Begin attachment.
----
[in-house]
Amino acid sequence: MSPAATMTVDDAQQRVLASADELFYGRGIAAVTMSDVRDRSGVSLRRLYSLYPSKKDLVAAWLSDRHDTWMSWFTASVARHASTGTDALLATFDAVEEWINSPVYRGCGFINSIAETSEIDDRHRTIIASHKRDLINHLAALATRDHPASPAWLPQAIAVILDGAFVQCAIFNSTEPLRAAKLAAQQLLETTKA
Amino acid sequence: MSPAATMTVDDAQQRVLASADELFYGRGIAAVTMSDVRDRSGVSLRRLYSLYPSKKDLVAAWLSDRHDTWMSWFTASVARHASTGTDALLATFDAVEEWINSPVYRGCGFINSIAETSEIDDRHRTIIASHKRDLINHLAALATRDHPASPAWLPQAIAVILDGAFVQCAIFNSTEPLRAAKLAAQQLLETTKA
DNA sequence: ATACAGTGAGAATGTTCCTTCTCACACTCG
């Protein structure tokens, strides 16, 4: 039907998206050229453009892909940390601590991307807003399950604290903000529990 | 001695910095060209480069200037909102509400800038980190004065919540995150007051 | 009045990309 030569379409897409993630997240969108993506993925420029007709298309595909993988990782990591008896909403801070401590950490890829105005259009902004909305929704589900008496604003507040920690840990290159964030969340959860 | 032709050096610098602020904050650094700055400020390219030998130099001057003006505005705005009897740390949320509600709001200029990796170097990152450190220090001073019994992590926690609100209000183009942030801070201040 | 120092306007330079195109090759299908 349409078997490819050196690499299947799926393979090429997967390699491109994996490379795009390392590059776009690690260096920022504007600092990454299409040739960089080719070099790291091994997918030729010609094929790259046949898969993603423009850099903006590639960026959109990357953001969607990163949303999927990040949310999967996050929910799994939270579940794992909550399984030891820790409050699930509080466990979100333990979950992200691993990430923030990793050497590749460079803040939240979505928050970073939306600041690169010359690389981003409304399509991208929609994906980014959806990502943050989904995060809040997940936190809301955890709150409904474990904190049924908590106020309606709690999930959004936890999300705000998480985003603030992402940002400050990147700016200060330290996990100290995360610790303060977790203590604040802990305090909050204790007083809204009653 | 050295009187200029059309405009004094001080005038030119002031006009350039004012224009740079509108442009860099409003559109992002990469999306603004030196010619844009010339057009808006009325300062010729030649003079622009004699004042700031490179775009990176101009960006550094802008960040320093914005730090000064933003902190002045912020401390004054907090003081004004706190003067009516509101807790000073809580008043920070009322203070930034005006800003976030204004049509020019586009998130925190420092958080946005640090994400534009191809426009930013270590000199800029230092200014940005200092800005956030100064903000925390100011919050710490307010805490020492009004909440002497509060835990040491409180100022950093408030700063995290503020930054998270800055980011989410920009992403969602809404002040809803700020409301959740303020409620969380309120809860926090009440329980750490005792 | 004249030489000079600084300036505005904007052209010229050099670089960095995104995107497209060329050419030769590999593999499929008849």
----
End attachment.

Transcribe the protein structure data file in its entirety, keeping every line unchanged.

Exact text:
[in-house]
Amino acid sequence: MSPAATMTVDDAQQRVLASADELFYGRGIAAVTMSDVRDRSGVSLRRLYSLYPSKKDLVAAWLSDRHDTWMSWFTASVARHASTGTDALLATFDAVEEWINSPVYRGCGFINSIAETSEIDDRHRTIIASHKRDLINHLAALATRDHPASPAWLPQAIAVILDGAFVQCAIFNSTEPLRAAKLAAQQLLETTKA
Amino acid sequence: MSPAATMTVDDAQQRVLASADELFYGRGIAAVTMSDVRDRSGVSLRRLYSLYPSKKDLVAAWLSDRHDTWMSWFTASVARHASTGTDALLATFDAVEEWINSPVYRGCGFINSIAETSEIDDRHRTIIASHKRDLINHLAALATRDHPASPAWLPQAIAVILDGAFVQCAIFNSTEPLRAAKLAAQQLLETTKA
DNA sequence: ATACAGTGAGAATGTTCCTTCTCACACTCG
């Protein structure tokens, strides 16, 4: 039907998206050229453009892909940390601590991307807003399950604290903000529990 | 001695910095060209480069200037909102509400800038980190004065919540995150007051 | 009045990309 030569379409897409993630997240969108993506993925420029007709298309595909993988990782990591008896909403801070401590950490890829105005259009902004909305929704589900008496604003507040920690840990290159964030969340959860 | 032709050096610098602020904050650094700055400020390219030998130099001057003006505005705005009897740390949320509600709001200029990796170097990152450190220090001073019994992590926690609100209000183009942030801070201040 | 120092306007330079195109090759299908 349409078997490819050196690499299947799926393979090429997967390699491109994996490379795009390392590059776009690690260096920022504007600092990454299409040739960089080719070099790291091994997918030729010609094929790259046949898969993603423009850099903006590639960026959109990357953001969607990163949303999927990040949310999967996050929910799994939270579940794992909550399984030891820790409050699930509080466990979100333990979950992200691993990430923030990793050497590749460079803040939240979505928050970073939306600041690169010359690389981003409304399509991208929609994906980014959806990502943050989904995060809040997940936190809301955890709150409904474990904190049924908590106020309606709690999930959004936890999300705000998480985003603030992402940002400050990147700016200060330290996990100290995360610790303060977790203590604040802990305090909050204790007083809204009653 | 050295009187200029059309405009004094001080005038030119002031006009350039004012224009740079509108442009860099409003559109992002990469999306603004030196010619844009010339057009808006009325300062010729030649003079622009004699004042700031490179775009990176101009960006550094802008960040320093914005730090000064933003902190002045912020401390004054907090003081004004706190003067009516509101807790000073809580008043920070009322203070930034005006800003976030204004049509020019586009998130925190420092958080946005640090994400534009191809426009930013270590000199800029230092200014940005200092800005956030100064903000925390100011919050710490307010805490020492009004909440002497509060835990040491409180100022950093408030700063995290503020930054998270800055980011989410920009992403969602809404002040809803700020409301959740303020409620969380309120809860926090009440329980750490005792 | 004249030489000079600084300036505005904007052209010229050099670089960095995104995107497209060329050419030769590999593999499929008849």